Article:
I have lived, Sir, a long time, and the longer I live, the more convincing proofs I see of this truth  - - that God governs in the affairs of men.  And if a sparrow cannot fall to the ground without His notice, is it probable that an empire can rise without His aid?   We have been assured, Sir, in the Sacred Writings, that 'except the Lord build the House, they labor in vain that build it.'  I firmly believe this; and I also believe that without His concurring aid we shall succeed in this political building no better that the builders of Babel:  We shall be divided by our partial local interests; our projects will be confounded, and we ourselves shall become a reproach and bye word down to future ages...I therefore beg leave to move -- that henceforth prayers imploring the assistance of Heaven, and its blessing on our deliberations, be held in this assembly every morning before we proceed to business..."
Thoughts from James Madison:
"Religion flourishes in greater purity, without than with the aid of Government."

"And I have no doubt that every new example will succeed, as every past one has done, in showing that religion and Government will both exist in greater purity, the less they are mixed together."
From John Adams:
"I always consider the settlement of America with reverence and wonder, as the opening of a grand scene and design in providence, for the illumination of the ignorant and the emancipation of the slavish part of mankind all over the earth."

"Here is everything which can lay hold the eye, ear and imagination --everything which can charm and bewitch the simple and ignorant.  I wonder how Luther ever broke the spell."

From Joseph Story, appointed to the Supreme Court in 1811 by James Madison, served on the court for 34 years and is said to have been instrumental in establishing the illegality of the slave trade, said this:

"There never has been a period in history, in which the Common Law did not recognize Christianity as lying at its foundation."

"We are not to attribute this prohibition of a national religious establishment [in the First Amendment] to an indifference to religion in general, and especially to Christianity (which none could hold in more reverence than the framers of the Constitution)...that Christianity ought to receive encouragement from the State so far as was not incompatible with the private rights of conscience and the freedom of religious worship. Any attempt to level all religions, and to make it a matter of state policy to hold all in utter indifference, would have created universal disapprobation, if not universal indignation."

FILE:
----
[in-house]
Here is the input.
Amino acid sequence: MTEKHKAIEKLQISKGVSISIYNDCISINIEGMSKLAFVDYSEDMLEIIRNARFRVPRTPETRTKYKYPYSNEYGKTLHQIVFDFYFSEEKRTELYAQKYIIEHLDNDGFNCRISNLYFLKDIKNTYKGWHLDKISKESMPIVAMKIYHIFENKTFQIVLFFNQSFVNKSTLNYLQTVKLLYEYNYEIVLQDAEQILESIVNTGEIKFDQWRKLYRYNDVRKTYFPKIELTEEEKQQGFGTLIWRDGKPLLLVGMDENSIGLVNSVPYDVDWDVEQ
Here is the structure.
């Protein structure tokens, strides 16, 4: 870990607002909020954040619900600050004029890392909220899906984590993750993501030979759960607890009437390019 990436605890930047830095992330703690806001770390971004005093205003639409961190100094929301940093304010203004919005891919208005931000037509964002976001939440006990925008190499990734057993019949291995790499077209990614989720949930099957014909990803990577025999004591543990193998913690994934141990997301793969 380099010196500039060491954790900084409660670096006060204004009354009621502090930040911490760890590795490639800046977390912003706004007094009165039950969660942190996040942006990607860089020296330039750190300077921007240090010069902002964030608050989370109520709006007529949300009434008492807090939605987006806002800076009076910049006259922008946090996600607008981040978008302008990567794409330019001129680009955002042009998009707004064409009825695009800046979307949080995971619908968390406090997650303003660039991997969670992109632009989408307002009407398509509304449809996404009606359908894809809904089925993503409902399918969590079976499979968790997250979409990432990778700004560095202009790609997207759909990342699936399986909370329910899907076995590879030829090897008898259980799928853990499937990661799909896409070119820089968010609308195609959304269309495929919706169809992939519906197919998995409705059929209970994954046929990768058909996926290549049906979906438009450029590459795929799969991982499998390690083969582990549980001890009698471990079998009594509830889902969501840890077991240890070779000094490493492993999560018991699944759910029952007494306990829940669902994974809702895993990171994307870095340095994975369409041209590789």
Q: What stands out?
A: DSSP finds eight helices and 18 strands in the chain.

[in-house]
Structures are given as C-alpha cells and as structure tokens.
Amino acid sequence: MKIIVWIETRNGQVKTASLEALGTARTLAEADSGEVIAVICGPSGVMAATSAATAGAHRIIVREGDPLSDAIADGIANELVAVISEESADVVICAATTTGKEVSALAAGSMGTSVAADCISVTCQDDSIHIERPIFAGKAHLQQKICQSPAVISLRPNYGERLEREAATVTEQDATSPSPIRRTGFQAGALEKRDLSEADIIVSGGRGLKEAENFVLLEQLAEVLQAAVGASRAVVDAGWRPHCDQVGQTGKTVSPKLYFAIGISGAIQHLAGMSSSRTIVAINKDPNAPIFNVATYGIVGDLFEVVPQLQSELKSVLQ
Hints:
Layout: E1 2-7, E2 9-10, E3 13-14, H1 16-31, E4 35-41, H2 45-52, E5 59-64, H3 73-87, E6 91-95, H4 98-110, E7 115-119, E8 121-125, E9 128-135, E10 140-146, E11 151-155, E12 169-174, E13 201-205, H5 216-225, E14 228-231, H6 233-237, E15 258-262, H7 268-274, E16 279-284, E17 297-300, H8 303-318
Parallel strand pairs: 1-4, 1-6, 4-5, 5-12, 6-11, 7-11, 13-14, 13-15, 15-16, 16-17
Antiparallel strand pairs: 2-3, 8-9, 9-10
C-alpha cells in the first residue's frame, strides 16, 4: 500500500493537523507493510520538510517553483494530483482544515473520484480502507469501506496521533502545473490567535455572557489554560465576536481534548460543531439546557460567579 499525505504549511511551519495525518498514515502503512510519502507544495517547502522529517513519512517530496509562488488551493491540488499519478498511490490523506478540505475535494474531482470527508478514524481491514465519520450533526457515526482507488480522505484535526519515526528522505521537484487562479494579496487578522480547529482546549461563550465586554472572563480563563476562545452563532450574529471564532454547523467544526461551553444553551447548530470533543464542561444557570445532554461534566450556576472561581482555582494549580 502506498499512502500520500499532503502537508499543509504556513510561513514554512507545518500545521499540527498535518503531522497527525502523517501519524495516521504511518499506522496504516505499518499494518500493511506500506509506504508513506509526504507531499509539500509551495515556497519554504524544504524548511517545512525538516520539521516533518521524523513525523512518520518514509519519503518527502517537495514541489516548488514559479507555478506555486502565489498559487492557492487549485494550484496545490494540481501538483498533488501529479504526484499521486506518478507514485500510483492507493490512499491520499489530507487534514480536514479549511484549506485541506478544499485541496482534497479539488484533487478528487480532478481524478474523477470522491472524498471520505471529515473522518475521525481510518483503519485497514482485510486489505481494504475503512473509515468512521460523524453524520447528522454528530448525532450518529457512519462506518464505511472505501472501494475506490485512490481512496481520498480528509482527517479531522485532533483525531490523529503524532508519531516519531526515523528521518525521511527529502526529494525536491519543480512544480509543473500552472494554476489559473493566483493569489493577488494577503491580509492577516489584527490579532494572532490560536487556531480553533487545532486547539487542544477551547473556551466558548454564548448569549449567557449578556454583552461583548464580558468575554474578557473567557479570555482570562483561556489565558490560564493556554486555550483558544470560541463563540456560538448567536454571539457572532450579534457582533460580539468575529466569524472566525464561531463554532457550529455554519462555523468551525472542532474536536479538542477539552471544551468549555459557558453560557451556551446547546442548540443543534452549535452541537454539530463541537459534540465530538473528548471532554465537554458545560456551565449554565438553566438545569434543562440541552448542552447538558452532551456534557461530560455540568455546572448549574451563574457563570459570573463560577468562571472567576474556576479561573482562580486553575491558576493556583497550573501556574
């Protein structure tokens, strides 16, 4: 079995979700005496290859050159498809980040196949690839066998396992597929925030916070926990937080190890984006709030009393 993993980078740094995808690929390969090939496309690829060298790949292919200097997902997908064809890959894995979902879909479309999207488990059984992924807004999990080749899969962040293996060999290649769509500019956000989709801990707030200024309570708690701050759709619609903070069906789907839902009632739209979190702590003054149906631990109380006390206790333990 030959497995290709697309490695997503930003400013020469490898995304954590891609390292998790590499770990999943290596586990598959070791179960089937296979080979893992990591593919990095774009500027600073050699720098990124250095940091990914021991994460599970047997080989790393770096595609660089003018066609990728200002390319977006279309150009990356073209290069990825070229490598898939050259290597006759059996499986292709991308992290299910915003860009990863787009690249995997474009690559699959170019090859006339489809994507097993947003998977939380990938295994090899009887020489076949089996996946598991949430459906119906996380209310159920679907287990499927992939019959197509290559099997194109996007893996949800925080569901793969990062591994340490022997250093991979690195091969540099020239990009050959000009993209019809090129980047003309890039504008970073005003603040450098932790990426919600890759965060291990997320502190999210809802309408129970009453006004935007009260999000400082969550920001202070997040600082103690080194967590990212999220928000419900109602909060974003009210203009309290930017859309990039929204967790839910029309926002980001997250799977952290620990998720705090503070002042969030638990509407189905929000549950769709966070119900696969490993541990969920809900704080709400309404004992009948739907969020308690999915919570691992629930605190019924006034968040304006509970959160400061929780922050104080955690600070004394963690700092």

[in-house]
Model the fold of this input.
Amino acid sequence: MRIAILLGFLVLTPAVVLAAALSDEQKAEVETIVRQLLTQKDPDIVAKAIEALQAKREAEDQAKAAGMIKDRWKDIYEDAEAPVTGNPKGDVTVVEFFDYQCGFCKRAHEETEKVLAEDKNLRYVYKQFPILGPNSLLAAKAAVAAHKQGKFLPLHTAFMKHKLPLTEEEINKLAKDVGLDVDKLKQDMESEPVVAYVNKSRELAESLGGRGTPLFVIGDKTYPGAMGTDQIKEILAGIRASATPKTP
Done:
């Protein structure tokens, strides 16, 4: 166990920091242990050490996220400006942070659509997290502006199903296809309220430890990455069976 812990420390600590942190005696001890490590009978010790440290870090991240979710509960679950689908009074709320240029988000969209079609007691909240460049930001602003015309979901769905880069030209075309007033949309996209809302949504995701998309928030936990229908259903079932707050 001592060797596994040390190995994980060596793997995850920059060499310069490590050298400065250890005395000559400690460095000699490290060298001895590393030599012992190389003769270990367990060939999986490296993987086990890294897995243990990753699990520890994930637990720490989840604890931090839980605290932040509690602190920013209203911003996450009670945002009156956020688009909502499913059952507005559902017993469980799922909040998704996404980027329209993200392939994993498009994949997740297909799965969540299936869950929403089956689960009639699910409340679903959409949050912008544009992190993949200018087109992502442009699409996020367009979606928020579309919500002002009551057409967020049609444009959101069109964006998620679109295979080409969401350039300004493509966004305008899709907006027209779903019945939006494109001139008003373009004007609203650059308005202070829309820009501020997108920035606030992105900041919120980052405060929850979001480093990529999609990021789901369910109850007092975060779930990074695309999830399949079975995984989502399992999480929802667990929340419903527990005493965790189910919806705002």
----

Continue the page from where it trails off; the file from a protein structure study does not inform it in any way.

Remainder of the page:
"The real object of the First Amendment was not to countenance much less to advance Mohammedanism, or Judaism, or infidelity, by prostrating Christianity, but to exclude all rivalry among Christian sects [denominations] and to prevent any national ecclesiastical patronage of the national government."
You see, we can't really speak about the Constitution, or our Declaration of Independence, or any of the events marking America's humble beginnings of the 18th and 19th centuries without invoking Spirit, God, an Almighty power to which we owe everything -- our life, liberty and the pursuit of Happiness and anything else that makes our very existence tick.  We owe everything to the Most High.

But what has happened to our people's constitution, in our country's Constitution, can be defined as a separation of church and state from which our birth was conceived, denying what came naturally and without pretense during an age we seemed to know better.  We simply knew, deep down in our soul, who to thank, and who to look up to in need, in solace, in joy, in gratitude, for strength and comfort and guidance in framing our government in perfect harmony and peace, a little controversy notwithstanding.

"Our Constitution was made only for a moral and religious people.  It is wholly inadequate to the government of any other."  John Adams 
Couldn't have said it better myself.

Make it a Good Day, G 

 Finally this, from Frank, as in Sinatra:
"When lip service to some mysterious deity permits bestiality on Wednesday and absolution on Sunday, cash me out."